Green Architecture Grade 8 Integrated Visit Lubeznik Center for the Arts

Math Standard 4: Geometry Students co-relate architecture and geometry and deepen their understanding of plane and solid geometric shapes and properties by constructing shapes that meet given conditions, by identifying attributes of shapes and by supplying geometric concepts to solve problems. Science Standard 1: The Nature of Science and Technology 8.1.7 Explain why technology issues are rarely simple and one-sided because contending groups may have different values and priorities. 8.1.8 Explain that humans help shape the future by generating knowledge, developing new technologies, and communicating ideas to others. Standard 3: The Physical Setting 8.3.6 Understand and explain that the benefits of Earths resources, such as fresh water, air, soil and trees are finite and can be reduced by using them wastefully or by deliberately or accidentally destroying them. 8.3.20 Compare the differences in power consumption in different electrical devices. Visual Arts Standard 1: Responding to Art History 8.1.1 Analyze who, what, when, where, and why a work (A BUILDING) was made; and the relationship of it to the historical, environmental, technological and political contexts of the culture in which it was created. Standard 3: Responding to Art Criticism 8.3.1 Analyze the architects use of sensory, formal, technical and expressive properties of their work. 8.3.3 Expand on and use appropriate technical vocabulary.

Green Architecture Grade 8 Integrated Visit Lubeznik Center for the Arts

Standard 8: Creating Art Production 8.8.1 Apply elements and principles of art and design in their work to effectively communicate their ideas. 8.8.2 Identify and discriminate between type of shape, colors, lines, textures, and space which includes one, two and three point perspective, balance and the use of proportion, rhythm, variety, repetition and movement in their work and the works of others. Standard 9: 8.9.2 Demonstrate appropriate use of different media, techniques and processes to communicate use of different media, techniques, and processes to communicate themes and ideas in their work including: Drawing: Media pencils, colored pencils, markers, ink, chalk, crayons, oil pastels, charcoals. Processes contour line, rendering, sketching, value, shading, crosshatching, stippling and one, two and three point perspective. Sculpture/ARCHITECTURE/Jewelry Media: paper, papier-mch, clay, plaster, fiber cardboard, wood paper, foil, found objects, beads, sand, balsa, wire, foam, copper and foam core Processes: carving, additive, subtractive, modeling, constructing. Standard 11: Careers and Community Students recognize a variety of art-related professions and careers in our society. 8.11.1 Identify a variety of professions related to art such as fashion design, advertising, web design, interior design, and ARCHITECTS. Standard 13: Integrated Studies Students identify and make connections between knowledge and skill as it relates to the concept of Architecture and all other subject arrears such as humanities, sciences and technology.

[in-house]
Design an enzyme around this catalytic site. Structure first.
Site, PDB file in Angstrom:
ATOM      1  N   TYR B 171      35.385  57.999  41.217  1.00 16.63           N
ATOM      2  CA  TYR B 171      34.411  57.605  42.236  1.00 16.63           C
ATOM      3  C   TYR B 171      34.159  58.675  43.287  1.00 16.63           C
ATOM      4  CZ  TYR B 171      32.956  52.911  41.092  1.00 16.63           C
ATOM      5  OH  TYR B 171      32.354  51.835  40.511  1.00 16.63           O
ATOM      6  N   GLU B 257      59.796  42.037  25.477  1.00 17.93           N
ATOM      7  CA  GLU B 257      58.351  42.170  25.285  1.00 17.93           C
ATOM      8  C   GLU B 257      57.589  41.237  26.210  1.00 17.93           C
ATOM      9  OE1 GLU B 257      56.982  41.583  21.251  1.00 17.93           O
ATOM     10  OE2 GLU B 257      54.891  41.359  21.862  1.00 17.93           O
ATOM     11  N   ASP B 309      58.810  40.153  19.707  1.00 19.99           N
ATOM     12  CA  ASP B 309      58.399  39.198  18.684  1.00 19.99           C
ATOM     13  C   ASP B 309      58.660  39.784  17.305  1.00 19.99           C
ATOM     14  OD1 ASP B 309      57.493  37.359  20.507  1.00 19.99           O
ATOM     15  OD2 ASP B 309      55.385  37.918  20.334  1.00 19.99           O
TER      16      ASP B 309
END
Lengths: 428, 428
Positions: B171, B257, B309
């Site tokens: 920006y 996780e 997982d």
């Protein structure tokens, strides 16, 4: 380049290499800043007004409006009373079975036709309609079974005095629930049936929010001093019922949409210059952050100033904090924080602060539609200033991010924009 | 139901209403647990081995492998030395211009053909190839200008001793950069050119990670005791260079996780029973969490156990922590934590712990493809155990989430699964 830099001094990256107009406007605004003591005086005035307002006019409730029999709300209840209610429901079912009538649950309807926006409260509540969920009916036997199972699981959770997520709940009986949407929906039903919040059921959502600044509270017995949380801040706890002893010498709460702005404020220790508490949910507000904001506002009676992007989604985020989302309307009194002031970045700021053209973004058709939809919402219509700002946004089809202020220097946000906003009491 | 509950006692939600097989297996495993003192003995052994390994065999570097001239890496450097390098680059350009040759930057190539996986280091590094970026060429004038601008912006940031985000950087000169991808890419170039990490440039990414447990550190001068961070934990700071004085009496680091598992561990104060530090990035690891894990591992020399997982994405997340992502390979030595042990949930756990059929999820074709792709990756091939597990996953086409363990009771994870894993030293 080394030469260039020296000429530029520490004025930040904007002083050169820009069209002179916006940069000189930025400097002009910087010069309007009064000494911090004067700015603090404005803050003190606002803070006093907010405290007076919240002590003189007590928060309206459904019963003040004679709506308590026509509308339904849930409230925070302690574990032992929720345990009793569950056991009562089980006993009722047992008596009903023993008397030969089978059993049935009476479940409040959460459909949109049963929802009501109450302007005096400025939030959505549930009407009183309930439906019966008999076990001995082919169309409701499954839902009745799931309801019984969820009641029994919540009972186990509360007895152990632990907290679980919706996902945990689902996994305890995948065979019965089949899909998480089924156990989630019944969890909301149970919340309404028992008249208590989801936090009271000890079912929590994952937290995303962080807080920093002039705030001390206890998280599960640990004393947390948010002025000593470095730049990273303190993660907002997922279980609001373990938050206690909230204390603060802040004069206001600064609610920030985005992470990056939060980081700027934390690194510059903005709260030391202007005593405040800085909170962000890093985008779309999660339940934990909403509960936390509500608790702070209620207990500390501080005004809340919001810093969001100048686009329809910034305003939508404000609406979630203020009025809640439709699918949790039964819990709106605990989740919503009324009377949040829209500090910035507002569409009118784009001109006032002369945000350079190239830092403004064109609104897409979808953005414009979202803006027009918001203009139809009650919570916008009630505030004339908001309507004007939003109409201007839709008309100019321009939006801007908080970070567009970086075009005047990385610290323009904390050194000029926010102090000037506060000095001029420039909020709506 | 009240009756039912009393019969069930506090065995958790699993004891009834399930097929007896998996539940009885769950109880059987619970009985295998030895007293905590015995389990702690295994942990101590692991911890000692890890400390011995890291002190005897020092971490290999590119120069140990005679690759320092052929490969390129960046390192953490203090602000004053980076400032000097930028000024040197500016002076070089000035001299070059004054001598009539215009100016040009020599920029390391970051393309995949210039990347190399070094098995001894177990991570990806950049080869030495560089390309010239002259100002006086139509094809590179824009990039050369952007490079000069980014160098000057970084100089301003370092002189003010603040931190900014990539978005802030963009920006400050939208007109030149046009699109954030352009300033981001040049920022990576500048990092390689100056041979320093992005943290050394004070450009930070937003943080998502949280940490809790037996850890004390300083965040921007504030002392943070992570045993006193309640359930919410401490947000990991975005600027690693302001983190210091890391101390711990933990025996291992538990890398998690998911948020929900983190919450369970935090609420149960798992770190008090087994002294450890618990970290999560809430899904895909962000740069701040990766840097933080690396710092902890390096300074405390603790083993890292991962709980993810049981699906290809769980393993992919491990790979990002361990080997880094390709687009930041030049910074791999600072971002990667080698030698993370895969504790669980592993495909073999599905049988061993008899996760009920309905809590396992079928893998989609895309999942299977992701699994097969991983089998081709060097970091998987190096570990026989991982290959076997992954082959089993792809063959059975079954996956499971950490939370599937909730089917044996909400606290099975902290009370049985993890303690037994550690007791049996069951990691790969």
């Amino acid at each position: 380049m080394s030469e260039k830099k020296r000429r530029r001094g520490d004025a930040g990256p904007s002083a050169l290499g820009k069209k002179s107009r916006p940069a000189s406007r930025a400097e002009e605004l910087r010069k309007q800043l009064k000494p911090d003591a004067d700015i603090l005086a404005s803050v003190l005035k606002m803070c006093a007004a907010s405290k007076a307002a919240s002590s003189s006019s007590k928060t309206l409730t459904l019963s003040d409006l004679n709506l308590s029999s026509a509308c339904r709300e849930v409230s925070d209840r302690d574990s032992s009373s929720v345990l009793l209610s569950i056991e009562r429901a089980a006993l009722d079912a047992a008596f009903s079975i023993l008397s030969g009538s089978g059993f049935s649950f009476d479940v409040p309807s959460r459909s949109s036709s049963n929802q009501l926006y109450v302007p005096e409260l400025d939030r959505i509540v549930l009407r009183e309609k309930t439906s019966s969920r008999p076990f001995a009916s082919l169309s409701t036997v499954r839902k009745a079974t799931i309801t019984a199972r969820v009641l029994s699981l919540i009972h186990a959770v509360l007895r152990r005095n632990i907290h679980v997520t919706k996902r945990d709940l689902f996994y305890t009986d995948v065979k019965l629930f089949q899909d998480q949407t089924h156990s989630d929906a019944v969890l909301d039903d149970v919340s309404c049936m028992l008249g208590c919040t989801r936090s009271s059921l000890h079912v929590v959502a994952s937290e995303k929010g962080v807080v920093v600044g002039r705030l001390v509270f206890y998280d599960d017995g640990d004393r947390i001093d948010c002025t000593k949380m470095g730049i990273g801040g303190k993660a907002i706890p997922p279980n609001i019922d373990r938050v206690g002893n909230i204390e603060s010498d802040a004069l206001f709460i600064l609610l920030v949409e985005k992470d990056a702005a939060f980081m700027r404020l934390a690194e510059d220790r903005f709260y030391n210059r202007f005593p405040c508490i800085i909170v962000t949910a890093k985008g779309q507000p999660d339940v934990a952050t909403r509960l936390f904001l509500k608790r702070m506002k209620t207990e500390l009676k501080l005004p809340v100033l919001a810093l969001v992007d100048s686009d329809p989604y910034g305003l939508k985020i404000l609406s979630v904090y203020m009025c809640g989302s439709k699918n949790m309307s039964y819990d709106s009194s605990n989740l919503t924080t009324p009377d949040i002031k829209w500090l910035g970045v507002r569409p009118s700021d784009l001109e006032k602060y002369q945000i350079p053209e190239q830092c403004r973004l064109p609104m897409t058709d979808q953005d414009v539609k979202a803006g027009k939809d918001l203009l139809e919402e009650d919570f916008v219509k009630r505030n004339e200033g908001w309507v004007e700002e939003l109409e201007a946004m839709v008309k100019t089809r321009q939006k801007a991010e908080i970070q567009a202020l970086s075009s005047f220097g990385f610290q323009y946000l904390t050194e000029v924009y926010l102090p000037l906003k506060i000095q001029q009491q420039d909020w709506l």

Green Architecture Grade 8 Integrated Visit Lubeznik Center for the Art

Green Architecture
Pre Test Circle the answer that describes the word. 1) Architecture a. a new video game b. a set of blocks c. buildings 2) Green a. a color b. doing something for the first time c. being friendly to the environment 3) recycle a. to throw things away b. ride a bicycle c. to use things again 4) Architect a. an assistant to the principal b. a person who designs buildings c. an artist 5) Natural Resource a. water b. plastic cup c. cell phone